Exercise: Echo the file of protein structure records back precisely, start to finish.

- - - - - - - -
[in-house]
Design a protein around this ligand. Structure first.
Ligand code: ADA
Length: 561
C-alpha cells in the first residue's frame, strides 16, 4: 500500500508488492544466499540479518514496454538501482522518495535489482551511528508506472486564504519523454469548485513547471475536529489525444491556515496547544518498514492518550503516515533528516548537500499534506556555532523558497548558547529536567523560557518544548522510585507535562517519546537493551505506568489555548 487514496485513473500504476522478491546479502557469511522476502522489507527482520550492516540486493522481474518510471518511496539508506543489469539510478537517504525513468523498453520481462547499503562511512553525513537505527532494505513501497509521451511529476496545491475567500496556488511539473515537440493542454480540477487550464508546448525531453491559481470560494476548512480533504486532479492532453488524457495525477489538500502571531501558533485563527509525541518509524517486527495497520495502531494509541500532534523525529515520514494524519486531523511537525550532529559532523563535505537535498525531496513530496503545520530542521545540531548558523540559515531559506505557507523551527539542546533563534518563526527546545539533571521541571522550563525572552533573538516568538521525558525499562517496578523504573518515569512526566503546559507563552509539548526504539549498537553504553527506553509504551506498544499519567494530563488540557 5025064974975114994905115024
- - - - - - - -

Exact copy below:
[in-house]
Design a protein around this ligand. Structure first.
Ligand code: ADA
Length: 561
C-alpha cells in the first residue's frame, strides 16, 4: 500500500508488492544466499540479518514496454538501482522518495535489482551511528508506472486564504519523454469548485513547471475536529489525444491556515496547544518498514492518550503516515533528516548537500499534506556555532523558497548558547529536567523560557518544548522510585507535562517519546537493551505506568489555548 487514496485513473500504476522478491546479502557469511522476502522489507527482520550492516540486493522481474518510471518511496539508506543489469539510478537517504525513468523498453520481462547499503562511512553525513537505527532494505513501497509521451511529476496545491475567500496556488511539473515537440493542454480540477487550464508546448525531453491559481470560494476548512480533504486532479492532453488524457495525477489538500502571531501558533485563527509525541518509524517486527495497520495502531494509541500532534523525529515520514494524519486531523511537525550532529559532523563535505537535498525531496513530496503545520530542521545540531548558523540559515531559506505557507523551527539542546533563534518563526527546545539533571521541571522550563525572552533573538516568538521525558525499562517496578523504573518515569512526566503546559507563552509539548526504539549498537553504553527506553509504551506498544499519567494530563488540557 5025064974975114994905115024